Hack The Box: Cap

Jump Ahead: EnumUserRootResources


To solve this machine, we begin by enumerating open ports – finding ports 21, 22, and 80 open. On the webserver, we are able to exploit an Insecure Direct Object Reference (IDOR) vulnerability to obtain system credentials as the nathan user. Using the credentials, we are able to SSH into the machine, and read user.txt. Through automated, local enumeration, we learn a system package is incorrectly configured to allow setuid. Using this knowledge, we are able to exploit the package to get a shell as root – gaining access to root.txt.


Like all machines, we begin by enumerating open ports – finding ports 21, 22, and 80 open.

$ sudo nmap -v -p- $RHOST
$ sudo nmap -p21,22,80 -sV -A -oA enum/nmap/tcp-scripts $RHOST
# Nmap 7.91 scan initiated Sat Jun  5 19:45:34 2021 as: nmap -p21,22,80 -sV -A -oA enum/nmap/tcp-scripts
Nmap scan report for
Host is up (0.047s latency).

21/tcp open  ftp     vsftpd 3.0.3
22/tcp open  ssh     OpenSSH 8.2p1 Ubuntu 4ubuntu0.2 (Ubuntu Linux; protocol 2.0)
| ssh-hostkey: 
|   3072 fa:80:a9:b2:ca:3b:88:69:a4:28:9e:39:0d:27:d5:75 (RSA)
|   256 96:d8:f8:e3:e8:f7:71:36:c5:49:d5:9d:b6:a4:c9:0c (ECDSA)
|_  256 3f:d0:ff:91:eb:3b:f6:e1:9f:2e:8d:de:b3:de:b2:18 (ED25519)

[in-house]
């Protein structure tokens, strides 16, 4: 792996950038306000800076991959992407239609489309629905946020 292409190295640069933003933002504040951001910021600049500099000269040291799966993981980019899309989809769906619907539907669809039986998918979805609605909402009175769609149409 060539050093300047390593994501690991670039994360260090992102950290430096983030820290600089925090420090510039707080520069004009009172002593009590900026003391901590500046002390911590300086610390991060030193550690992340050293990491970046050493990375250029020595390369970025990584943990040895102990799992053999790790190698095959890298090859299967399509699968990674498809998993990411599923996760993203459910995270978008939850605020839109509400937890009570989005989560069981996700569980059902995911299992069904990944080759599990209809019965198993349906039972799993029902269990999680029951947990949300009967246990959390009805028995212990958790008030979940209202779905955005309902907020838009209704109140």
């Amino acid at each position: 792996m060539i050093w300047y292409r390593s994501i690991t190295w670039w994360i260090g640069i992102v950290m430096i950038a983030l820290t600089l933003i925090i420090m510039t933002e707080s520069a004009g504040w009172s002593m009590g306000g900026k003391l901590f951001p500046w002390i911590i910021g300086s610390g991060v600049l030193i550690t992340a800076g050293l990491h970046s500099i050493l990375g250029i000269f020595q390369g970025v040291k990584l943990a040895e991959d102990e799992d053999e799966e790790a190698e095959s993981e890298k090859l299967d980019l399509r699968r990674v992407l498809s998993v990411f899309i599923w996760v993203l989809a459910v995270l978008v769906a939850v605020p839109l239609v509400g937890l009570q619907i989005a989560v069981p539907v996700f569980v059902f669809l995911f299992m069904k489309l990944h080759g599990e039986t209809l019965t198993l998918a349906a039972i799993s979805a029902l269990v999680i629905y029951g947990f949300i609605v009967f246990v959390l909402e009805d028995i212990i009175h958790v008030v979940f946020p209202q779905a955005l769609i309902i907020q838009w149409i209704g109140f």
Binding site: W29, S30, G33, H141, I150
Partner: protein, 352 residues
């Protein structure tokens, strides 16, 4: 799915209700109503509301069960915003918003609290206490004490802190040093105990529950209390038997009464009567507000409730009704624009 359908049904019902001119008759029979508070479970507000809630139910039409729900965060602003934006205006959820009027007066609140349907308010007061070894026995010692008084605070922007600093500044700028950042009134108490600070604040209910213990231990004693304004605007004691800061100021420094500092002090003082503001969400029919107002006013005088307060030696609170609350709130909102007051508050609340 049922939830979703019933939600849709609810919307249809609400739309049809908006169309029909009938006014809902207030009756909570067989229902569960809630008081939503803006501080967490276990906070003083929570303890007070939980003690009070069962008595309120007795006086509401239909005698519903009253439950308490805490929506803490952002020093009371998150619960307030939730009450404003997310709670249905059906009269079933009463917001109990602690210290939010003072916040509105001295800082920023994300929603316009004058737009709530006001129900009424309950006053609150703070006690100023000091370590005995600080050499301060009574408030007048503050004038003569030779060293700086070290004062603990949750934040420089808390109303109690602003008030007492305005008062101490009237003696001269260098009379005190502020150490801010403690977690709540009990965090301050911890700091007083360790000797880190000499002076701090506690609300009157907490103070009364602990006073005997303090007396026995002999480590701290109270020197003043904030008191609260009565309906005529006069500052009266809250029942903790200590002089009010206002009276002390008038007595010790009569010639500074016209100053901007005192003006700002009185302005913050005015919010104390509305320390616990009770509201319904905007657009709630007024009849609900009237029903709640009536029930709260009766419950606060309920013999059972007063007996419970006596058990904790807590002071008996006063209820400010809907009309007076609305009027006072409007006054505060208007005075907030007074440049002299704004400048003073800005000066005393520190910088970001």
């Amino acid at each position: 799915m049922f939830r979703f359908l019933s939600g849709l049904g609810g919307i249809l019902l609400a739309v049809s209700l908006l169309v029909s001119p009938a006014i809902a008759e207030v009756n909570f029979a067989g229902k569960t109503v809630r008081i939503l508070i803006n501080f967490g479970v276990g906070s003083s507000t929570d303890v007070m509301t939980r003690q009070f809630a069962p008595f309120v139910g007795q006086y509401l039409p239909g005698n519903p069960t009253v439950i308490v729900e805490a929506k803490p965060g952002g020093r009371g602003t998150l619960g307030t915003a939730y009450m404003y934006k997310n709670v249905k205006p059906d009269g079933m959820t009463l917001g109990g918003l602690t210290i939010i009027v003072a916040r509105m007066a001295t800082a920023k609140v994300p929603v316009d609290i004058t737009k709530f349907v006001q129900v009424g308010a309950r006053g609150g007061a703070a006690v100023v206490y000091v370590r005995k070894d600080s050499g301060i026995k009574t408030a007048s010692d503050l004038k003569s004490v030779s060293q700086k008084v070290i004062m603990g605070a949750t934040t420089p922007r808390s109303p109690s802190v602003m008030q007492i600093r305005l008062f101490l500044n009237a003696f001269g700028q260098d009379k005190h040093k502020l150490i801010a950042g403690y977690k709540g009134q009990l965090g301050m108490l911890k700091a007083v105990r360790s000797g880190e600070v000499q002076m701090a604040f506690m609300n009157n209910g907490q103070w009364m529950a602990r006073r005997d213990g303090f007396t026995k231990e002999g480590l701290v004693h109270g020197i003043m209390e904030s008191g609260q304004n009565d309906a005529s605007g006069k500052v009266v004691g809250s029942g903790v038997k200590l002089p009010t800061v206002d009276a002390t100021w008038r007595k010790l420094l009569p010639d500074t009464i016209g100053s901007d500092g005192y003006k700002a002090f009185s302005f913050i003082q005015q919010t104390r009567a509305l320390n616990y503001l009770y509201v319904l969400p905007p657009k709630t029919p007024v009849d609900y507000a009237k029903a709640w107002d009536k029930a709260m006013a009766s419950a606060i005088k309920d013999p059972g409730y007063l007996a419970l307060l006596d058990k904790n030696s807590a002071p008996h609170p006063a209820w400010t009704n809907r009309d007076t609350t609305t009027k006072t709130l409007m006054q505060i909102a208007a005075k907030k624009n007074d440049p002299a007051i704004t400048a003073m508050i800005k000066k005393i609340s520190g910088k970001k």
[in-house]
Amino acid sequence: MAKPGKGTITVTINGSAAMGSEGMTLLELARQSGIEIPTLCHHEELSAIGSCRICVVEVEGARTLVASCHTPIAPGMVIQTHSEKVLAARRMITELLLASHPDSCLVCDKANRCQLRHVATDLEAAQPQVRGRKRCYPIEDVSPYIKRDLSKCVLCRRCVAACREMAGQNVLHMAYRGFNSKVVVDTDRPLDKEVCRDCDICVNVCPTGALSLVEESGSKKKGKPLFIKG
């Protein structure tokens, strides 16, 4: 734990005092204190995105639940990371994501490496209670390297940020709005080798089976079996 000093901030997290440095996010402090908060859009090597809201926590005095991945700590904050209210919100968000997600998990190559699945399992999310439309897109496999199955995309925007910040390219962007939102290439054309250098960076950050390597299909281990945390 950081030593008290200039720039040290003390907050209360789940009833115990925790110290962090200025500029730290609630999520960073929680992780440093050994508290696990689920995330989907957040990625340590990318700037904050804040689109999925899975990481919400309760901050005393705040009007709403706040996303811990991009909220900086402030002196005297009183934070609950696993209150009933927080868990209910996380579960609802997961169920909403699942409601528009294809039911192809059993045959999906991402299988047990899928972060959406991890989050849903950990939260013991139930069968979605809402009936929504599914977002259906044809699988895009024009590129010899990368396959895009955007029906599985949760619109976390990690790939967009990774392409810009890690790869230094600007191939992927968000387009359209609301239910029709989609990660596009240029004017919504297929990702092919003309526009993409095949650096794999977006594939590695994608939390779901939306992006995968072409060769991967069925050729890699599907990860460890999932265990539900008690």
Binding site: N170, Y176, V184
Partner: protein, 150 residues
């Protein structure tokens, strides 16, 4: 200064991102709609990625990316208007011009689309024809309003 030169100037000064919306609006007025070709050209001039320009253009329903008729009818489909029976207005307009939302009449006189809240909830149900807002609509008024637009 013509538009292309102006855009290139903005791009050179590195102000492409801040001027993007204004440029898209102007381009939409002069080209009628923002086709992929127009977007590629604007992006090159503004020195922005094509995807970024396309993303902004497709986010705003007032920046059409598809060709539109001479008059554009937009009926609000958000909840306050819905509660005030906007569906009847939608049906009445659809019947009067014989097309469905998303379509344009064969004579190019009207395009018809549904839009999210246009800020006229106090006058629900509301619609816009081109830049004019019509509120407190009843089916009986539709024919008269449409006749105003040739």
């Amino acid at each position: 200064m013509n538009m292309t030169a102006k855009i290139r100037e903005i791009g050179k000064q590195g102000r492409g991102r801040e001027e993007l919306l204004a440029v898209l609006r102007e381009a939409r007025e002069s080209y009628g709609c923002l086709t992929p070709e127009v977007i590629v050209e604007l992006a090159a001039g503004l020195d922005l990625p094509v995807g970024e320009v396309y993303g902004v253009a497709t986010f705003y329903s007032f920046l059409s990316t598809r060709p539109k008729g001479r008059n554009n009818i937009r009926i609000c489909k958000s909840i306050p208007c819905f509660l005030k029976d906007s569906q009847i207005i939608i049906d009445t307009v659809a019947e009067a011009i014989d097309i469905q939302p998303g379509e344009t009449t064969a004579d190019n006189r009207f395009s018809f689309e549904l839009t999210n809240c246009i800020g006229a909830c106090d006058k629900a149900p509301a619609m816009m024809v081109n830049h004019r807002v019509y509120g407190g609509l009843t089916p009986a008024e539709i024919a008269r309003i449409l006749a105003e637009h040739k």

80/tcp open  http    gunicorn
| fingerprint-strings: 
|   FourOhFourRequest: 
|     HTTP/1.0 404 NOT FOUND
|     Server: gunicorn
|     Date: Sun, 06 Jun 2021 00:45:49 GMT
|     Connection: close
|     Content-Type: text/html; charset=utf-8
|     Content-Length: 232
|     <!DOCTYPE HTML PUBLIC "-//W3C//DTD HTML 3.2 Final//EN">
|     <title>404 Not Found</title>
|     <h1>Not Found</h1>
|     <p>The requested URL was not found on the server. If you entered the URL manually please check your spelling and try again.</p>
|   GetRequest: 
|     HTTP/1.0 200 OK
|     Server: gunicorn
|     Date: Sun, 06 Jun 2021 00:45:44 GMT
|     Connection: close
|     Content-Type: text/html; charset=utf-8
|     Content-Length: 19386
|     <!DOCTYPE html>
|     <html class="no-js" lang="en">
|     <head>
|     <meta charset="utf-8">
|     <meta http-equiv="x-ua-compatible" content="ie=edge">
|     <title>Security Dashboard</title>
|     <meta name="viewport" content="width=device-width, initial-scale=1">
|     <link rel="shortcut icon" type="image/png" href="/static/images/icon/favicon.ico">
|     <link rel="stylesheet" href="/static/css/bootstrap.min.css">
|     <link rel="stylesheet" href="/static/css/font-awesome.min.css">